One's intestinal activities as described by Lord Peter Wimsey . . . although, you will be, dear reader, glad to know that this post is more about the doings of our house.
When you buy a house in France, possibly the same in other countries, one of the main things that crops up, rather like the cam belt in a second hand car, is, has the fosse septique been done? Inevitably if its an older house the answer is, no. Add a boring waste of several thousands of euros to the list of things that will have to be done and sign at the notaires where they will remind you that this has to be dealt with within a year.
We did consider ignoring this as the current system, just like in the house we left, functioned perfectly well. The fact that the our new abode's fosse is a pipe that runs from the house, under the road and into a field situated in the next department of France was never going to result in a shrug of the shoulders and a beh . . . ça va aller from the scary SPANC people - water authorities or, Small, Pancake-Adoring Newt Catchers.
Within a week of moving in I was already checking the various options knowing any system would take months to sort out. Option One: Huge plastic thing the size of a van buried in the ground which would have to be emptied by one of those poop lorries. Option two: A micro station. As far as I could tell this was similar but cost a bit more. Option three. Phytoépuration. A reed bed system which has only been approved by the small pancake adoring newt catchers relatively recently. It costs a little more, but doesn't have to be emptied and you can at least see at what you were forced to spend money on. That being a very large wood-clad concrete box containing reeds, sand etc.
We possibly could have done it ourselves but I could imagine the endless checking and rechecking, list of things we had done wrong, crashing the hired mini-digger into trees, and so on. With so many other house issues to be dealt with we went for the paying-through-nose option and eventually the rep from Aquataris appeared, measured the ground, did various carrotages (long sections of earth) to check the drain-ability etc and deemed that it was very likely that it would all be approved. It was approved after several weeks and the work planned for mid-may; also timed that the plumbers could link it all up at the appropriate moment and that any doings would move effortlessly - nice! into the new system rather than old pipe into field.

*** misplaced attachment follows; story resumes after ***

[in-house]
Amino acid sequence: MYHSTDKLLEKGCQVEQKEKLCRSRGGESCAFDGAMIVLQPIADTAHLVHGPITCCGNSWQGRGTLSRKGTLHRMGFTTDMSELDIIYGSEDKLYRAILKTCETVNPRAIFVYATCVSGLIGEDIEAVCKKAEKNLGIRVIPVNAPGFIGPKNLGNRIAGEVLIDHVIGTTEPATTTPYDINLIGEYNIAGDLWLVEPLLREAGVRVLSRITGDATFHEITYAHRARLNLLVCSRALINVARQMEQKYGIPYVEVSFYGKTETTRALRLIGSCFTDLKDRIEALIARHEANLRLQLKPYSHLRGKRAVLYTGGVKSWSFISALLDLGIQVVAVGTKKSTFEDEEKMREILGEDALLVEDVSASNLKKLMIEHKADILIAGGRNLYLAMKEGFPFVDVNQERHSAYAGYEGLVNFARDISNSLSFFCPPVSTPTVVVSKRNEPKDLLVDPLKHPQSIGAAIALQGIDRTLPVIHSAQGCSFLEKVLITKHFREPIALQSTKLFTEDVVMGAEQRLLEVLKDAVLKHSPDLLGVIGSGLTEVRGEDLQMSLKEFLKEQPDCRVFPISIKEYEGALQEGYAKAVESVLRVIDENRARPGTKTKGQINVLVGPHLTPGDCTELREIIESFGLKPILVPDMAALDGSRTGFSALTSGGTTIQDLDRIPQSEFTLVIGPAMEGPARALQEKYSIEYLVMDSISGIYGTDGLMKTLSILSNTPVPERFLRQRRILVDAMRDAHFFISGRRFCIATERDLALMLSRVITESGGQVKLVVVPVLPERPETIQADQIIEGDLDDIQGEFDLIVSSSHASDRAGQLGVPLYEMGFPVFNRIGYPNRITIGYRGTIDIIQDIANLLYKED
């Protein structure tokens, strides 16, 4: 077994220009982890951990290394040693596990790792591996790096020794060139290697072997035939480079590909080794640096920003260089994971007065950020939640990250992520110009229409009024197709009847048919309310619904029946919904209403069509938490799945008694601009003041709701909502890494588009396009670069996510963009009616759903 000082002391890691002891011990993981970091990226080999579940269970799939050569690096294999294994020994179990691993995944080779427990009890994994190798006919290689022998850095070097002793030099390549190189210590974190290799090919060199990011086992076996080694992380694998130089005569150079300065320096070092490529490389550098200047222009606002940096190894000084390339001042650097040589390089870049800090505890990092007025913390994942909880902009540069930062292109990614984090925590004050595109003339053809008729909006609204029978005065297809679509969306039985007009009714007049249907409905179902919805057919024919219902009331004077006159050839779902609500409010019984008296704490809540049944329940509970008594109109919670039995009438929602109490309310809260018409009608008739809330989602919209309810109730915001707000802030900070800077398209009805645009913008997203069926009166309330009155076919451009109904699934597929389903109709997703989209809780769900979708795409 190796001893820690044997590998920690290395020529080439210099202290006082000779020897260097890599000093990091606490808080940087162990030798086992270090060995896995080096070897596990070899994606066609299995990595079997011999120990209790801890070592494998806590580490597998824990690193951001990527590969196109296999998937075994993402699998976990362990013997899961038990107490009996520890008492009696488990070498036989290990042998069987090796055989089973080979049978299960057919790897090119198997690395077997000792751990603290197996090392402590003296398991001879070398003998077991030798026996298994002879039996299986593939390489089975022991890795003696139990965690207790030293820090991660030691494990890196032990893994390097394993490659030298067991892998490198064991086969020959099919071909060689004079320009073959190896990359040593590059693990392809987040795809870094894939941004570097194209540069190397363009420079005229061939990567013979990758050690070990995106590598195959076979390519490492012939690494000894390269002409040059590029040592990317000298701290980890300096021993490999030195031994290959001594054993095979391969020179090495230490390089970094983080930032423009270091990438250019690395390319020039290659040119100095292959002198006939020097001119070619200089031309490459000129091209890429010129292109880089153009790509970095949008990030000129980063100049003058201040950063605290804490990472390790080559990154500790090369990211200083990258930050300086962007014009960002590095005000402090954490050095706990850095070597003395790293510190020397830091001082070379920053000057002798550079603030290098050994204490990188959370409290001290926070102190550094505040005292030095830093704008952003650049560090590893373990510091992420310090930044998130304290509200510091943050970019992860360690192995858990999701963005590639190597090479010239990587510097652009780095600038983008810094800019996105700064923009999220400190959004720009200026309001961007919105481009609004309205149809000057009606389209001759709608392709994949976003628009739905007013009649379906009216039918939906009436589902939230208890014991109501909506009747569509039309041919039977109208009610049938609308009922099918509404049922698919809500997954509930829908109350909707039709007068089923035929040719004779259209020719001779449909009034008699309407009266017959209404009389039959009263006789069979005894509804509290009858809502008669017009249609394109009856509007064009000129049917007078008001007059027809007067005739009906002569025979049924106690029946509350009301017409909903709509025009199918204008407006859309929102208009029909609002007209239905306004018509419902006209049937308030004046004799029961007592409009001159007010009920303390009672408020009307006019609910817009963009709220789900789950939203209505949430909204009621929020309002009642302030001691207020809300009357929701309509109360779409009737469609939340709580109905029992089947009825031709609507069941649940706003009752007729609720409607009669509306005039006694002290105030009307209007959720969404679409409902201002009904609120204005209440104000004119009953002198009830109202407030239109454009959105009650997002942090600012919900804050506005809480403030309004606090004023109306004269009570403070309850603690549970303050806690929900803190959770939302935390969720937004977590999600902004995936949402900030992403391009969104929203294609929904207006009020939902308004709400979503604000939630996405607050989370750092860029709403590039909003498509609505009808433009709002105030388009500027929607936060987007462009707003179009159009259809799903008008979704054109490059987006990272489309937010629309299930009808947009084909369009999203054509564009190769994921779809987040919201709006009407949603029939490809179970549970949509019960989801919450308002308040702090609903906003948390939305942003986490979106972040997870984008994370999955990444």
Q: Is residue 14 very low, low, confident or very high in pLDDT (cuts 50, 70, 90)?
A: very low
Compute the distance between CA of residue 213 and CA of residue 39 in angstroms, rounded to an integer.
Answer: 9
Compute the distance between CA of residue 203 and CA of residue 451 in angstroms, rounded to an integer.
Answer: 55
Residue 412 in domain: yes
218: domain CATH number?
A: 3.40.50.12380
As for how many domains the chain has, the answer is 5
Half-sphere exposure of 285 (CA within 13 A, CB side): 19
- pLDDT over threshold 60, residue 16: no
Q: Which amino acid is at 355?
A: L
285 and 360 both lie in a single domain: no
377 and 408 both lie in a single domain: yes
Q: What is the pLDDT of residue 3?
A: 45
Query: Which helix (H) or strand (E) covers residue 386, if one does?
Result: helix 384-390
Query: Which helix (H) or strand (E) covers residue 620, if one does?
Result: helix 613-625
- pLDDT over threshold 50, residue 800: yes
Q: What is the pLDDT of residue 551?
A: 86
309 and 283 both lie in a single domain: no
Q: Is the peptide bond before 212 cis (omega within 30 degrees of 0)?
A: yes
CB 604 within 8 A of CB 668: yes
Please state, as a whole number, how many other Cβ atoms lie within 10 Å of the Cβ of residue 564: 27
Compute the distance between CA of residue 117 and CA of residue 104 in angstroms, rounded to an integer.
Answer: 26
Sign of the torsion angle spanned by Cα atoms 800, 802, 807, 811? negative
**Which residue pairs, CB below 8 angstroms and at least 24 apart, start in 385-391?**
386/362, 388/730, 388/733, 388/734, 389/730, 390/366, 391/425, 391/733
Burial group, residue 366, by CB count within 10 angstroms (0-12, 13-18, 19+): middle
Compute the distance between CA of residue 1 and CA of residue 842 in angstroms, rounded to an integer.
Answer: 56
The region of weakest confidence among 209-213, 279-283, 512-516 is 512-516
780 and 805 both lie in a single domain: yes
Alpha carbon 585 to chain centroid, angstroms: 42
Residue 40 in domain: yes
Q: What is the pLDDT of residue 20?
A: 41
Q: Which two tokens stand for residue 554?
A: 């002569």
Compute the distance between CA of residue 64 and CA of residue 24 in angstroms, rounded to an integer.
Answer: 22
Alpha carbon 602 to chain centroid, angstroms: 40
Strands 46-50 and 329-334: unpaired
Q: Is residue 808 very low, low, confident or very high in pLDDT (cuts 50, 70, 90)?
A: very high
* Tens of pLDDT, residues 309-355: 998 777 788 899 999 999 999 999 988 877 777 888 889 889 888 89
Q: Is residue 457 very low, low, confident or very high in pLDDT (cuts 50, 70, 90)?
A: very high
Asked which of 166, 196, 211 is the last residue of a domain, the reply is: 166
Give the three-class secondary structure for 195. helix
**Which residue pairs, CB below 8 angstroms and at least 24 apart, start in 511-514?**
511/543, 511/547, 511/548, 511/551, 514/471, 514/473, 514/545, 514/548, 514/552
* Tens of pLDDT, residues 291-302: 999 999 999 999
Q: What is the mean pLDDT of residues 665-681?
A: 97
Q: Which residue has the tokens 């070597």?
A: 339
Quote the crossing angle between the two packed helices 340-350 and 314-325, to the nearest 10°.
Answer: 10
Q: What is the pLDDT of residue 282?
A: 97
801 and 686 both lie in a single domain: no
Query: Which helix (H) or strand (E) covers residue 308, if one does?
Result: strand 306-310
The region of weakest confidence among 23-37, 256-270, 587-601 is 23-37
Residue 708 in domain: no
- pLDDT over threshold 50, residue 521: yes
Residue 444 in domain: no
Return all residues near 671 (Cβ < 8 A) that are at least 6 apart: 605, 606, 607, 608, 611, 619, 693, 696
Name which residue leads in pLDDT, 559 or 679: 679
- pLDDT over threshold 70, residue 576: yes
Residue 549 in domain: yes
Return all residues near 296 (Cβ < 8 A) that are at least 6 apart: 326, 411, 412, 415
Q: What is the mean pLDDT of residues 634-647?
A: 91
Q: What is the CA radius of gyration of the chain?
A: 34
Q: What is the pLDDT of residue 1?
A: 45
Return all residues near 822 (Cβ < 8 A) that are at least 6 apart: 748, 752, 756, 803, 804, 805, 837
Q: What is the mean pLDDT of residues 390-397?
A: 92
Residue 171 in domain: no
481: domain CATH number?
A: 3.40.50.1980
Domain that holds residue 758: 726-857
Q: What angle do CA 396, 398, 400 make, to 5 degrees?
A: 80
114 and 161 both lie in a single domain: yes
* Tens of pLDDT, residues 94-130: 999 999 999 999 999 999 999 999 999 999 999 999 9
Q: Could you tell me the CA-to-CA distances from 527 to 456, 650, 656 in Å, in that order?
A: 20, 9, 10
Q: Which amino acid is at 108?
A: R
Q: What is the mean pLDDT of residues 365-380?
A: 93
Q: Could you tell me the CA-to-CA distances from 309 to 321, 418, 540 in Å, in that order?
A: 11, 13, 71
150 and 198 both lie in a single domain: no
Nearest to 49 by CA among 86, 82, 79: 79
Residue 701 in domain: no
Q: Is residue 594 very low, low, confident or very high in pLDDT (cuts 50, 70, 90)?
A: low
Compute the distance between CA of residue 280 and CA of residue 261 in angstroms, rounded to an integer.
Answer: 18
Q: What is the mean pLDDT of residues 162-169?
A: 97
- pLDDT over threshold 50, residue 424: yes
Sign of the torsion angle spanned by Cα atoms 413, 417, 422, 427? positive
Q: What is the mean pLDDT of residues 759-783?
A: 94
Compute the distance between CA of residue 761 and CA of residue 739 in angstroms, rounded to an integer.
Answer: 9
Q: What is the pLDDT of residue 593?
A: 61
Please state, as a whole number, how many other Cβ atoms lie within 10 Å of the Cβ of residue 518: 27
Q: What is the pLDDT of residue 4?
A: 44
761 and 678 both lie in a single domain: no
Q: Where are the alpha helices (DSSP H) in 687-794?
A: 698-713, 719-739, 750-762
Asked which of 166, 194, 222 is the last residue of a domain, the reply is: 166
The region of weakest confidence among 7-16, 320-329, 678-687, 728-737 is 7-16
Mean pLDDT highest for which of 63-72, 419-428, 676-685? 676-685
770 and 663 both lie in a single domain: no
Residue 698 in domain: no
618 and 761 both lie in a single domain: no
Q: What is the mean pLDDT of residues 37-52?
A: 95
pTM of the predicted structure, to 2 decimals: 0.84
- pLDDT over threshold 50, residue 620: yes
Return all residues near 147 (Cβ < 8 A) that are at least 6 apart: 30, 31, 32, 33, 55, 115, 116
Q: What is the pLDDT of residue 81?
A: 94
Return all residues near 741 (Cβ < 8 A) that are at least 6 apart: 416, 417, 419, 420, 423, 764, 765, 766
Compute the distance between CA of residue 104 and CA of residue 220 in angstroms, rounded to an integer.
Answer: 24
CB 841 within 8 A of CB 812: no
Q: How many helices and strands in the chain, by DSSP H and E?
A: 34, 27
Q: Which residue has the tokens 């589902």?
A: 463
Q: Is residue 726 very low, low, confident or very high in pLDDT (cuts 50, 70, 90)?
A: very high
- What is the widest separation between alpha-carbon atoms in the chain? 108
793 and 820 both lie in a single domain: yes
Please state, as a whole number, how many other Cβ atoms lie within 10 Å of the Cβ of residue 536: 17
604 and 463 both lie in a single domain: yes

The day arrived, and unlike the plumbers, the firm of landscapers commissioned to do the job turned up! already a great plus. My imaginings of a totally green system fairly quickly evaporated as I noted the arrival of huge amounts of plastic pipe, plastic sheeting, plastic other things but still a lot less plastic than we would have purchased with option one or two. The employee was a blur of movement for three days, digging trenches, sawing concrete plaques, laying sheeting, gravel, sand, planting reeds and much more. He finished before the plumbers turned up, left me with instructions (eek) and was off to the next installation. Apparently these are becoming more and more favoured with the company completing one a week in our area.
So, it's done, all connected up and the baby reeds have already grown several inches in a week. I do recall my mother saying, however, that when she was a child, her father put their doings in a pit in the garden then when it was rotted they used it on the veg plot. Cost of . . . nothing, no meters of plastic tube, no pumps, no concrete, just rather amazing vegetables . . .
I liked the tube in the field, and we could have bought a harpsichord, or built a big pond or bought a newer car instead. Sob. SPANC are coming to check the installation next week and according to the installer we may have to put up a temporary small plastic fence and then take it away again when they have gone. I can't imagine how anyone would drown in slightly damp sand before which they would have to remove the metal grid system to get at the sand. And I really hope we don't have to pay an extra fifty euros to have the pleasure of seeing the plastic fence for fifteen minutes which I think was on the quote. Madness. All of it. However I still feel it's better than seeing a large piece of disturbed turf under which would be something one spent a vast sum of money on which would never be visible again until it was deemed to be beyond its serviceable life and would have to be dug up and replaced with another van-sized plastic thing.
Cheaper option at 12 euros 53 cents.